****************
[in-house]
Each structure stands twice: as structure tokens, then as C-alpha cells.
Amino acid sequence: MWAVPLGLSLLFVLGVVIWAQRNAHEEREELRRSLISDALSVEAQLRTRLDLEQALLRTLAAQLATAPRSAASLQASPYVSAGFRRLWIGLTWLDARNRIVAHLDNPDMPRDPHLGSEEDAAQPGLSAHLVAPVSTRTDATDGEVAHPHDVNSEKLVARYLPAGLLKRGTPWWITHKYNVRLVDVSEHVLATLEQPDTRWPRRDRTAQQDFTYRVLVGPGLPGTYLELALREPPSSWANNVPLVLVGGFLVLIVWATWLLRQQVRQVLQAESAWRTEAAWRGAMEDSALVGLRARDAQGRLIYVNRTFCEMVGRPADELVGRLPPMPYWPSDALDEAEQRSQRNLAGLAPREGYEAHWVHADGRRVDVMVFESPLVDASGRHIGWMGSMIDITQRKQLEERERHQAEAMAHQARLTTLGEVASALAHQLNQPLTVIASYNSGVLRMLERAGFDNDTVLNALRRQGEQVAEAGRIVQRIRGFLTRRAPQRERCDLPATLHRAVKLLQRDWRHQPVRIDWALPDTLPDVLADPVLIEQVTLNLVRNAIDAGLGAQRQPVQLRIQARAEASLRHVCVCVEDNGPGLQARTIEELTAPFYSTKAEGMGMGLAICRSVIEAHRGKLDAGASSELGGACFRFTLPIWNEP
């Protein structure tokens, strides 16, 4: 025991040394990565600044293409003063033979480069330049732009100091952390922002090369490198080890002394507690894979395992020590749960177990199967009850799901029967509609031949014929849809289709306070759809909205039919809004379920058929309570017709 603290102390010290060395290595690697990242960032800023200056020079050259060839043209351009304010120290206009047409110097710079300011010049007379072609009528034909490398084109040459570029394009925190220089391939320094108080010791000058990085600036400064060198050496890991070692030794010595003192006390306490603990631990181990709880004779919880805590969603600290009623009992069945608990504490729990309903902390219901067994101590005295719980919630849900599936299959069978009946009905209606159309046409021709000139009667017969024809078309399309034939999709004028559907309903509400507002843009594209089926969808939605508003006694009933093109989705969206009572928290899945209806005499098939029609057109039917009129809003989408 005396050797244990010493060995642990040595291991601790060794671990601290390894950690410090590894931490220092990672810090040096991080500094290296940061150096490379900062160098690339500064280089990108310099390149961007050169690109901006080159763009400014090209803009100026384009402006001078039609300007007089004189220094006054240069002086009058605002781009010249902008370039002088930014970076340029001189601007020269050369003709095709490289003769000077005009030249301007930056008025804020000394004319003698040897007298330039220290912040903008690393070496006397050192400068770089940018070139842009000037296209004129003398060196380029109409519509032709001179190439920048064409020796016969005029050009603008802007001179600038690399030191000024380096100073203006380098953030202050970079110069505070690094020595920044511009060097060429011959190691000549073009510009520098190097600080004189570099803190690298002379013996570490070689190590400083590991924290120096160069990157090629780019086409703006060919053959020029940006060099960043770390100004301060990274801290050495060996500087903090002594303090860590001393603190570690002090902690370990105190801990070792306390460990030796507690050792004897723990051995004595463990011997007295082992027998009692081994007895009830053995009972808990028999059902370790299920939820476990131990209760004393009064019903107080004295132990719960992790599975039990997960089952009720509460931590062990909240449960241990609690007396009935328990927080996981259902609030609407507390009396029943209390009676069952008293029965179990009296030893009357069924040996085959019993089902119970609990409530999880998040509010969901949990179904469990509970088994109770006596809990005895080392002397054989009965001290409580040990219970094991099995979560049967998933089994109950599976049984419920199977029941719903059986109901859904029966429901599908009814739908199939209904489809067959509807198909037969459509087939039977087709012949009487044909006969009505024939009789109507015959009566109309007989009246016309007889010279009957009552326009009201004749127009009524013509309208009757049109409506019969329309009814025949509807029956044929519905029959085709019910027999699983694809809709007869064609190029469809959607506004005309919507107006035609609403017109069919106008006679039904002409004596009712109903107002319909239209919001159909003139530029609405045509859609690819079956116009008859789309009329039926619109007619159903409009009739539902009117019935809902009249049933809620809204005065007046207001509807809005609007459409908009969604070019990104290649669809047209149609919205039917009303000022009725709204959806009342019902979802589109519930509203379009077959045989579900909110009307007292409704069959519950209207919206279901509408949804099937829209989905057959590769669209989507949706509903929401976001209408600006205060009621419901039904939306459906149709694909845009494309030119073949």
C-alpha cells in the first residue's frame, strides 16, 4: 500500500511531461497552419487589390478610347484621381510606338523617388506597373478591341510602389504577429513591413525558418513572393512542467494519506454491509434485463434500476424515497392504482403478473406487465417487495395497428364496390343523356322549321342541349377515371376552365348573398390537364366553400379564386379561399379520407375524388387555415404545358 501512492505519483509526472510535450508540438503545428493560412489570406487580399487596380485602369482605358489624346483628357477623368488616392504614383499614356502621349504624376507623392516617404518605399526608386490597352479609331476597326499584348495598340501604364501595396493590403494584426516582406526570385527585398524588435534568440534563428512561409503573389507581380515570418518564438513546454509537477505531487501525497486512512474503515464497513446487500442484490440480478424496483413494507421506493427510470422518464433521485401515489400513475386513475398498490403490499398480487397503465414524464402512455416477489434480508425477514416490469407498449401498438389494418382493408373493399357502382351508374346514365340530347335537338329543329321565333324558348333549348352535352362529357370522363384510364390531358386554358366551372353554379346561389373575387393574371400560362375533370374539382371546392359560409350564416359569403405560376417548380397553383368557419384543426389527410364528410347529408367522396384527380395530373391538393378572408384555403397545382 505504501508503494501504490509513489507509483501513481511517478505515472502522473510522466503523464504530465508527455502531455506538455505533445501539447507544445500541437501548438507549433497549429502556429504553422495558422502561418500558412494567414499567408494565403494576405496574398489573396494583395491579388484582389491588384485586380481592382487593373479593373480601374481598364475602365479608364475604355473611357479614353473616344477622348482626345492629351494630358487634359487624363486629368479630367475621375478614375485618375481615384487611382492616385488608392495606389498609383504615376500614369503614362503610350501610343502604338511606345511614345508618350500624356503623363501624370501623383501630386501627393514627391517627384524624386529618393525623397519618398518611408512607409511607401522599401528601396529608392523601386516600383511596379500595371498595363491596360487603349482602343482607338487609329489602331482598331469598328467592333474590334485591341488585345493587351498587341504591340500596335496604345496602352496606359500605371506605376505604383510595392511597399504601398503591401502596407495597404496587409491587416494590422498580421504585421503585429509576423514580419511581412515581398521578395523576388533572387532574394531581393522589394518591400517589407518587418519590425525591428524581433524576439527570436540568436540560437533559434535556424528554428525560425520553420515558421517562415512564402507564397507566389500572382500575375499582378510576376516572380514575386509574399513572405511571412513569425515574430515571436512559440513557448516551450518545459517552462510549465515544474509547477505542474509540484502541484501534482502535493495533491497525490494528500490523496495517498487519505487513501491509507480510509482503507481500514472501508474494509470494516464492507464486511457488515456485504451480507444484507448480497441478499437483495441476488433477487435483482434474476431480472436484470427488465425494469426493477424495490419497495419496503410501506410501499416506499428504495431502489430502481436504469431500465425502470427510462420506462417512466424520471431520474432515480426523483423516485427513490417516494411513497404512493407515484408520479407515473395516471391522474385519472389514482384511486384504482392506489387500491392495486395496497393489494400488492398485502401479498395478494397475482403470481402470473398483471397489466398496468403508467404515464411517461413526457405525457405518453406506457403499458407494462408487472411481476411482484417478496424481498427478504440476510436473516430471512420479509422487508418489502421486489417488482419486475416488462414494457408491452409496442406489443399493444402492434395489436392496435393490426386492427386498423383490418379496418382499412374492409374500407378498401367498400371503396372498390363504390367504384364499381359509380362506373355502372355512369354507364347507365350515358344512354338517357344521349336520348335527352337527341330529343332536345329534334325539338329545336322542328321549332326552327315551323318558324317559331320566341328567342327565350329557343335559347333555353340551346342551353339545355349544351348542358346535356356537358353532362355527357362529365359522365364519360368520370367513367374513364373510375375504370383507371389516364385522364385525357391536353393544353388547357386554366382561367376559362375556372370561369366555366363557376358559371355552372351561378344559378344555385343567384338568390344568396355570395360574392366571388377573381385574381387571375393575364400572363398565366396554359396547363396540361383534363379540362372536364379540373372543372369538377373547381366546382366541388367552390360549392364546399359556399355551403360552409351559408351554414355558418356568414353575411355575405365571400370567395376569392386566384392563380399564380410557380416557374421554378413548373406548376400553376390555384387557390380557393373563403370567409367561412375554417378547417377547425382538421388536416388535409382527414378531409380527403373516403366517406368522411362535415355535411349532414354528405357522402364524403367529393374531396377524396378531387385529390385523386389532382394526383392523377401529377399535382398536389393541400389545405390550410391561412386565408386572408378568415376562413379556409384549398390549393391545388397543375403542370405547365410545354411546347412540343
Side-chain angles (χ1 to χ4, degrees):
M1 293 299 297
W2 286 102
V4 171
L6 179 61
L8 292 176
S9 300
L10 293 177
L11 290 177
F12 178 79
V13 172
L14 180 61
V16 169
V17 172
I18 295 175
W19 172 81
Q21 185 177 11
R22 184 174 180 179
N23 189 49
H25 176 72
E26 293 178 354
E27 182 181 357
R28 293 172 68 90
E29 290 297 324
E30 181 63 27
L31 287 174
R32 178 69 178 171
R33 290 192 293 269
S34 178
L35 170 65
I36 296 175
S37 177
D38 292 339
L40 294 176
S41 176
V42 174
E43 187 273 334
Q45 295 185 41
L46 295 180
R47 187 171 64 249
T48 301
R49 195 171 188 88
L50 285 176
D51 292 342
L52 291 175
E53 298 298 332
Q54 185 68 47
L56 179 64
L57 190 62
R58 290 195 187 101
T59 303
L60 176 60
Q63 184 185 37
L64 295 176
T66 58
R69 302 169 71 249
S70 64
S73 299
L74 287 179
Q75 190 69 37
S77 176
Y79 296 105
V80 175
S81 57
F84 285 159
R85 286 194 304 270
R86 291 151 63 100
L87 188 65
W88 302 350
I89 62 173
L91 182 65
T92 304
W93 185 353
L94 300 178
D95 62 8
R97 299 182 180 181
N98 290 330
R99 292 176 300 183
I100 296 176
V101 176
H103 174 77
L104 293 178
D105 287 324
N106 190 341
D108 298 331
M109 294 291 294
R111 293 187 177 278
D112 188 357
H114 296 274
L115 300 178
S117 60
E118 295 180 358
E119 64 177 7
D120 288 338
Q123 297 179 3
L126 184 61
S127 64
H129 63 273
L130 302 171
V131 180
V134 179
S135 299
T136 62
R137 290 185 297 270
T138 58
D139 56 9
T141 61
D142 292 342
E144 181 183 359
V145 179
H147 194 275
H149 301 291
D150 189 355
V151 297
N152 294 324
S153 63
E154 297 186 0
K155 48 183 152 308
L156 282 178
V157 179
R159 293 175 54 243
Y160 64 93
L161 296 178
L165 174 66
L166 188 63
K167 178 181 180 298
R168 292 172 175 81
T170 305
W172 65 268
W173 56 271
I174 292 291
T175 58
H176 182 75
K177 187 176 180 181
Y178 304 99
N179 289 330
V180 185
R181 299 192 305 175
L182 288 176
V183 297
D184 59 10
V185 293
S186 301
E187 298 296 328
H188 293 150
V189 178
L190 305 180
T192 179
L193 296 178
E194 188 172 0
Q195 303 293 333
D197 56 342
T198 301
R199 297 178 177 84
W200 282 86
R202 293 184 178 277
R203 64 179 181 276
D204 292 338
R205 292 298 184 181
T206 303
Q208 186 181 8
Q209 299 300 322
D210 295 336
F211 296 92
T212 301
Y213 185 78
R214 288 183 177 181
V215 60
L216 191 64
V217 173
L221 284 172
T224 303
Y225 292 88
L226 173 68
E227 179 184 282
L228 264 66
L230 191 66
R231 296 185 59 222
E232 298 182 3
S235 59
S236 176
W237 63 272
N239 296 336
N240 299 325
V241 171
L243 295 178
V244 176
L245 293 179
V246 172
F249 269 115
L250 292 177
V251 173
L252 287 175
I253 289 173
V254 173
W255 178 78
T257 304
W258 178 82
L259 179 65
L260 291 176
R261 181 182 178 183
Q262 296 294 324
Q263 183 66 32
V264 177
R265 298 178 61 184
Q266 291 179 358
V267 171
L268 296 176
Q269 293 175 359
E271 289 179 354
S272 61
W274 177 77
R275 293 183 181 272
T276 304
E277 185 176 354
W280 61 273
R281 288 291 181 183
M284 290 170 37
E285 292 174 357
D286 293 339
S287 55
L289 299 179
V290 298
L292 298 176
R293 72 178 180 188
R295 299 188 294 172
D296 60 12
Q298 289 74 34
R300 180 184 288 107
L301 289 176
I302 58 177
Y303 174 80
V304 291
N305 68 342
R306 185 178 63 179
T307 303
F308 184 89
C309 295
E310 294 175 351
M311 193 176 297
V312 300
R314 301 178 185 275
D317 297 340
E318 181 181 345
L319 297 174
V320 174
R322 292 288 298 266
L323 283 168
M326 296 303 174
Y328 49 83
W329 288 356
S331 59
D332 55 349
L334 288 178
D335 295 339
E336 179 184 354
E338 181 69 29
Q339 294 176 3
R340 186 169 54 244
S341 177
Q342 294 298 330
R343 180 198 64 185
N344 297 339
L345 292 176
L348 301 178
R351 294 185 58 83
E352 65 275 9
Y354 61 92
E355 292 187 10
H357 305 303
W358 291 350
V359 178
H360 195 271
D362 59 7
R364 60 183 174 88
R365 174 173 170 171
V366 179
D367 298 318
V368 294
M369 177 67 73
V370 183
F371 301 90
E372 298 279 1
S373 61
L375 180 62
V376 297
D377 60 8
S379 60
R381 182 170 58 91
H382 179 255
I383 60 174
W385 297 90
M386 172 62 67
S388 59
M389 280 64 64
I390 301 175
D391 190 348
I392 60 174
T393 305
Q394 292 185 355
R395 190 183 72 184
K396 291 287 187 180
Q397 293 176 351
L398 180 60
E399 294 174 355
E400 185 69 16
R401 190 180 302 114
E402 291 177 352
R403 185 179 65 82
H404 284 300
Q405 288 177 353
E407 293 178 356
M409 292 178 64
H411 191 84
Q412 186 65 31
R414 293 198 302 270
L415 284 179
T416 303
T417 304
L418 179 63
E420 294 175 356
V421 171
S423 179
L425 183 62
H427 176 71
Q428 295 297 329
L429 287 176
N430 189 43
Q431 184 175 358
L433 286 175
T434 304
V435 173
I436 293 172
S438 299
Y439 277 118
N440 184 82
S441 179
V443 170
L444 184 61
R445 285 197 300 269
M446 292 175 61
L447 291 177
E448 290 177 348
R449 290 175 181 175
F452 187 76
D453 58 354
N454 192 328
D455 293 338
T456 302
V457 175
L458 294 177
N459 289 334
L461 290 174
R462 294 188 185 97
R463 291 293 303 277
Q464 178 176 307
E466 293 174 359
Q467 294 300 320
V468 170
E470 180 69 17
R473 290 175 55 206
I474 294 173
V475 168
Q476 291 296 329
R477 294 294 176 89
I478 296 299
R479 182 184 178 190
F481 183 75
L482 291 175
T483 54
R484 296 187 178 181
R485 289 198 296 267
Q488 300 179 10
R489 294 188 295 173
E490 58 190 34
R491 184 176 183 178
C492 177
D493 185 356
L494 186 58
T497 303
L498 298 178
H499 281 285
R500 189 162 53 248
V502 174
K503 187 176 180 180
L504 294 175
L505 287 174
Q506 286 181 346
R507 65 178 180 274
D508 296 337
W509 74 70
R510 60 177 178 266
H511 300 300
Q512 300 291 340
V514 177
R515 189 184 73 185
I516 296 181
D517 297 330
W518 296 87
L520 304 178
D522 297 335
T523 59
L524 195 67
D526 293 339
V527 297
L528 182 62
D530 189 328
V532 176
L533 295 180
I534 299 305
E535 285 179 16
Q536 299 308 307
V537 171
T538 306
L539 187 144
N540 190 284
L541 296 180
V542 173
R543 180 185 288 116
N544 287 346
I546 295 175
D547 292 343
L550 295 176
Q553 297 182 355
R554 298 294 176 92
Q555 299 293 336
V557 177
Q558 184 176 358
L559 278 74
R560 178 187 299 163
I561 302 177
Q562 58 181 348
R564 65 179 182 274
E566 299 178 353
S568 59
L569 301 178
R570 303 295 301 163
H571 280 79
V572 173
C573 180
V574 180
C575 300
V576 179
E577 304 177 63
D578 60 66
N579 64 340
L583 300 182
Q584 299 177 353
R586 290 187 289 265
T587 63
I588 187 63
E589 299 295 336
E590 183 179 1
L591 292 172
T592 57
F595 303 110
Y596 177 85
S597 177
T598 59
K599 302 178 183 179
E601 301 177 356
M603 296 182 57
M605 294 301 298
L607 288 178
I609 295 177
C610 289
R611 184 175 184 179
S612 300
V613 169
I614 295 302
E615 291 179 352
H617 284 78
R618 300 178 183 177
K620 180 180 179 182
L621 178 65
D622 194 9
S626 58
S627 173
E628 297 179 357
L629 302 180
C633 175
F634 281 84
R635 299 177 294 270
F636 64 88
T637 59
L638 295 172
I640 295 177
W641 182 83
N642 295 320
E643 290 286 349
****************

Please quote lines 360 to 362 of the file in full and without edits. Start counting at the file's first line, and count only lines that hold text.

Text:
R463 291 293 303 277
Q464 178 176 307
E466 293 174 359